As for Oliver's claim that his counsel failed to challenge the racial composition of the jury, we point out that Oliver does not allege that the jury pool or the traverse jury was discriminatorily selected. Rather, he appears to argue that an attorney who represents a black defendant must always raise the issue of systematic exclusion of blacks from juries or be considered to have rendered ineffective assistance. He does not allege specific facts to show that blacks were systematically excluded in his case but states only that "[t]his factor has been the subject of expansive judicial notice in connection with the persistent failure of white southern lawyers to contest the systematic exclusion of Negroes from juries." Record at 31. Oliver's allegations fail to state any constitutional claim and his petition is due to be denied insofar as the jury composition claim is concerned.


Oliver's two remaining ineffective assistance claims are also without merit. His allegation that his attorney failed to investigate facts merely states the general principles of law on the subject without making specific reference to any deficiency in Oliver's defense. His vague assertions fail to state any constitutional claim and do not warrant further consideration. His claim that trial counsel's failure to object to the prosecution's closing statements amounted to ineffective assistance is due to be denied because, as we explain in the discussion of Oliver's prosecutorial misconduct claim below, the prosecutor's comments do not require reversal. Oliver therefore cannot meet the prejudice prong of Strickland.

C. Prosecutorial Misconduct


Oliver argues that he was denied due process of law by the prosecutor's improper statements in closing argument. Although Oliver objected to twenty-three quoted excerpts from that argument in his petition, he focuses on the following four areas of alleged impropriety on appeal: (1) references to Oliver's prior criminal activity, (2) a suggestion that Oliver suborned perjured testimony from his alibi witnesses, (3) the (allegedly false) assertion that Oliver supported the child of one of his alibi witnesses and (4) remarks about the keen powers of observation of prosecution witness Sergeant Charlie Sanders. The district court reached the merits of the prosecutorial misconduct claim and found that the challenged statements were not improper. We affirm.6


Oliver first objects to the following statement in the prosecutor's closing argument: "As to motive, three of them did have prior criminal activity." Trial Transcript at 299. Oliver himself testified on direct examination that he had previously pled guilty to receiving stolen property. He admits that the prosecution could have used this information to comment on Oliver's credibility, but argues it was improper to use it to insinuate that Oliver had a propensity to commit crime.


We agree that Oliver's previous criminal record was irrelevant to the question of his motive for the murder at issue in this case. However, we do not see how Oliver could have been prejudiced by the prosecutor's cryptic attempt to link his record to motive. Oliver has made no argument that he suffered additional prejudice from the reference to motive that could not be attributed to the initial introduction of the evidence of his past illegal conduct. As that evidence was placed before the jury by Oliver, he cannot now complain that his trial was rendered fundamentally unfair7 by the prosecutor's peculiar reference to it.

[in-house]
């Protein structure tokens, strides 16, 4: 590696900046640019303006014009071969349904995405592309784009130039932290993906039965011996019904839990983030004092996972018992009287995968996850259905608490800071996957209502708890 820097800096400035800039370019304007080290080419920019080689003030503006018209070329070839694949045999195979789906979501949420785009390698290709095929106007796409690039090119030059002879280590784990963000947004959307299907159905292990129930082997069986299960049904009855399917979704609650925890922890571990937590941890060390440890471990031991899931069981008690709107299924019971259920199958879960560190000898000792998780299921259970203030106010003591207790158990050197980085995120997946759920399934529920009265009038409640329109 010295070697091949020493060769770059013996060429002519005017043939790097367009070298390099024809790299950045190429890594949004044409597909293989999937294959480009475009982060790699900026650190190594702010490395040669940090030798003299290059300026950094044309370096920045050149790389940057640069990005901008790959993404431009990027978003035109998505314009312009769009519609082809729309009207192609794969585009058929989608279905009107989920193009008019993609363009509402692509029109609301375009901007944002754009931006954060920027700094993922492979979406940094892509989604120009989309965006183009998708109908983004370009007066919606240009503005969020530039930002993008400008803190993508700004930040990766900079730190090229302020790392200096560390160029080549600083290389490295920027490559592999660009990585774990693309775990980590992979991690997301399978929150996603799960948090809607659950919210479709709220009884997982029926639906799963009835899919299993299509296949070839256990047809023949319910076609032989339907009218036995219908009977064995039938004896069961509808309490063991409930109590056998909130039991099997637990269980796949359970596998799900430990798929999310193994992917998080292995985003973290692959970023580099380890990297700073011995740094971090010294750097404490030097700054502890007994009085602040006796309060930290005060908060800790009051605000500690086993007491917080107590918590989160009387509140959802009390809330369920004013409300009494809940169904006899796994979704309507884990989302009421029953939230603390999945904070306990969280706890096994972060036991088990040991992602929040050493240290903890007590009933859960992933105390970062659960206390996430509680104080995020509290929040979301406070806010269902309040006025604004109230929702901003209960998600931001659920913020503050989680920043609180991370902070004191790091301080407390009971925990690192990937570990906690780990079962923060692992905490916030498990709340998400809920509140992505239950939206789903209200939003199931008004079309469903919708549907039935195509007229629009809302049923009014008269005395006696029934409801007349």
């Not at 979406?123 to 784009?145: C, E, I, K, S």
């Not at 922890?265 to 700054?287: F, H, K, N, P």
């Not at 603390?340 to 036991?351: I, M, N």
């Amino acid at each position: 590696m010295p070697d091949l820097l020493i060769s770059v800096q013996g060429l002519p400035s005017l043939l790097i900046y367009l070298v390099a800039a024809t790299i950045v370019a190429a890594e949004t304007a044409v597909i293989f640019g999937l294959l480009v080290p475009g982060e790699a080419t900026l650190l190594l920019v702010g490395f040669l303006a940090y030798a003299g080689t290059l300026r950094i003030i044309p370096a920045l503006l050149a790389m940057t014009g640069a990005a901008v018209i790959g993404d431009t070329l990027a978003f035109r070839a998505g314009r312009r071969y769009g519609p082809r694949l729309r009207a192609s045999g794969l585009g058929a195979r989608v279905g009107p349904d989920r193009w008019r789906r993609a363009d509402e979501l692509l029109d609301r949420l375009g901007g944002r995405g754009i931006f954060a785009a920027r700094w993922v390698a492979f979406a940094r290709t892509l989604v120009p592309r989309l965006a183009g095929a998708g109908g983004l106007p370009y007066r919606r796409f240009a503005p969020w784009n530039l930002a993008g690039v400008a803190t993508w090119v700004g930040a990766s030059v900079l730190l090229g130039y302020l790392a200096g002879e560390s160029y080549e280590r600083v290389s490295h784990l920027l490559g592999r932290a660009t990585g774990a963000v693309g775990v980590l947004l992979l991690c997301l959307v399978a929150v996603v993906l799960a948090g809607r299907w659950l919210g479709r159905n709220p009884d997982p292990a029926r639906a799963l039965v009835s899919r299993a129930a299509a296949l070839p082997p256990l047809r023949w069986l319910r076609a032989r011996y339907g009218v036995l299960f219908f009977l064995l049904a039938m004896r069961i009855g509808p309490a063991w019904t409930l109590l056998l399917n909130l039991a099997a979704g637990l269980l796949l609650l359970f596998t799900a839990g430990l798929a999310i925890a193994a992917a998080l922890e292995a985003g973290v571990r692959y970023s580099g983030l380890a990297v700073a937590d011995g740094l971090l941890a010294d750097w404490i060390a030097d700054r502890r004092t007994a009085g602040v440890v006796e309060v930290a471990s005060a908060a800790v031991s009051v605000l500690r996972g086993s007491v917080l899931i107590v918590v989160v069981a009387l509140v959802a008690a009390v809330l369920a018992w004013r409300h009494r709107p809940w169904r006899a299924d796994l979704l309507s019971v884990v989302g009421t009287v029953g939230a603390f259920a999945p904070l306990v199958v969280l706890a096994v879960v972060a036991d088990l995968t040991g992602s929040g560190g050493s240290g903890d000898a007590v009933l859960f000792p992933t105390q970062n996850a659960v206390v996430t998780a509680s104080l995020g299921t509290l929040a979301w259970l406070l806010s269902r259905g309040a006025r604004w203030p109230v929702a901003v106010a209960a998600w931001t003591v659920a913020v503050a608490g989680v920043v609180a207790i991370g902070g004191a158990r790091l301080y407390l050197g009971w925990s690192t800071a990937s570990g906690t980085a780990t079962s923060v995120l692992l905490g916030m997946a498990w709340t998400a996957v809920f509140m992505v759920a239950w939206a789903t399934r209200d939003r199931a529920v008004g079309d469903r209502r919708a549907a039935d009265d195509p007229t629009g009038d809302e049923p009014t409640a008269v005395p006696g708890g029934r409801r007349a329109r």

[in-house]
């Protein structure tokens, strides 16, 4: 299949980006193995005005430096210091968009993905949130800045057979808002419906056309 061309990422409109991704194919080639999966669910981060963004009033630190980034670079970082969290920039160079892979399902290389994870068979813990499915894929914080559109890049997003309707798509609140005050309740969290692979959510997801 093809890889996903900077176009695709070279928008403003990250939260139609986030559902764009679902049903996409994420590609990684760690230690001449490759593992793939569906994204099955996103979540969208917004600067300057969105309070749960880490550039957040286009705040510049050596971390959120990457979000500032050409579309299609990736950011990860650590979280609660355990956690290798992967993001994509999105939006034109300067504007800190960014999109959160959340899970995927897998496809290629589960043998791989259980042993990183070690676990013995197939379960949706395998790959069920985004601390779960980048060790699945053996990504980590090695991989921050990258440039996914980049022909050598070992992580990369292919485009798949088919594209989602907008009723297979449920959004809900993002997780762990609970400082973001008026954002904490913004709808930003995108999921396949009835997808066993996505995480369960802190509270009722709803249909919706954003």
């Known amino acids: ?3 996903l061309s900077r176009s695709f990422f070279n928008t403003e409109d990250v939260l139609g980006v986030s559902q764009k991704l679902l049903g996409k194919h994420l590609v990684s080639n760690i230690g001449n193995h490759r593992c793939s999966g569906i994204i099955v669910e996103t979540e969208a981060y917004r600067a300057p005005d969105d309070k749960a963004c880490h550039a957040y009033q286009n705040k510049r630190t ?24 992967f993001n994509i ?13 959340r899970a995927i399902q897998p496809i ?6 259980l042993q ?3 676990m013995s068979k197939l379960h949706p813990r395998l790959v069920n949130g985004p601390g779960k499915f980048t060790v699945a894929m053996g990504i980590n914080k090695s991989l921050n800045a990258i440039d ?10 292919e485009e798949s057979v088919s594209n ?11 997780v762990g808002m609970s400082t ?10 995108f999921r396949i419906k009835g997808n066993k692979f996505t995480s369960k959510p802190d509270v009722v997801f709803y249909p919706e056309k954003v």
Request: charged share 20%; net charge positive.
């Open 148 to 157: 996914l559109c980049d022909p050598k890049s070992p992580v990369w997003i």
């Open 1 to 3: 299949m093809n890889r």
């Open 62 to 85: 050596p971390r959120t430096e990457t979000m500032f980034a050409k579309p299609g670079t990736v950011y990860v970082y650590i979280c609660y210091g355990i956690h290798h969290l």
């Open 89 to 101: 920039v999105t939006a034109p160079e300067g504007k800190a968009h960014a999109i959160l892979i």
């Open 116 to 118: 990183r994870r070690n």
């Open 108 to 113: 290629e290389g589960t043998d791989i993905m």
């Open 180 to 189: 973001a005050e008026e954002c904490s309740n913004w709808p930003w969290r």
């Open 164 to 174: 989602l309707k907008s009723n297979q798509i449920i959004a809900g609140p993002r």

Oliver's second charge of misconduct relates to the following comments made by the prosecutor during closing argument:


The defendant in this case has endeavored to establish a defense of alibi. He brought into this Courtroom two witnesses who he had hopes would establish this alibi or corroborate his story. Remember, [Oliver] was released from jail December 27th and wasn't arrested again until February 4th. This is certainly an adequate period of time for him to contact, as he stated, almost on a daily basis, these witnesses to discuss with them the statements he has made.


Trial Transcript at 278. Oliver argues that this language suggests he suborned perjured testimony on the part of his alibi witnesses.


To the extent the prosecutor did suggest that Oliver attempted to influence his witnesses to lie, his comments were improper. While a prosecutor may point out that record evidence suggests that a witness may have had some reason to testify as the defendant wished, he or she may not suggest that the defendant has suborned perjury where such a suggestion finds no support in the record. Although the prosecutor merely insinuated that Oliver had the opportunity to influence the testimony of defense witnesses, we think such veiled hints to be beyond the scope of proper argument.


However, Oliver's alibi defense was so weak and full of inconsistencies that the prosecutor's insinuation could not have rendered the trial fundamentally unfair. Oliver and his two alibi witnesses each placed Oliver at his girlfriend's home at different times. One witness, the girlfriend's mother, was impeached with her own deposition testimony (the particulars of which she denied having given). Oliver's testimony was vague. Given the inconsistency and vagueness of the defense, the jury could have disbelieved the alibi testimony altogether or believed that Oliver spent the afternoon of the murder with his girlfriend but that he arrived there after having committed the murder. There was simply no need to discredit the alibi witnesses by suggesting they had lied at Oliver's behest. The jury already had ample reason to discount their testimony. We therefore deny Oliver's petition insofar as this facet of his prosecutorial misconduct claim is concerned.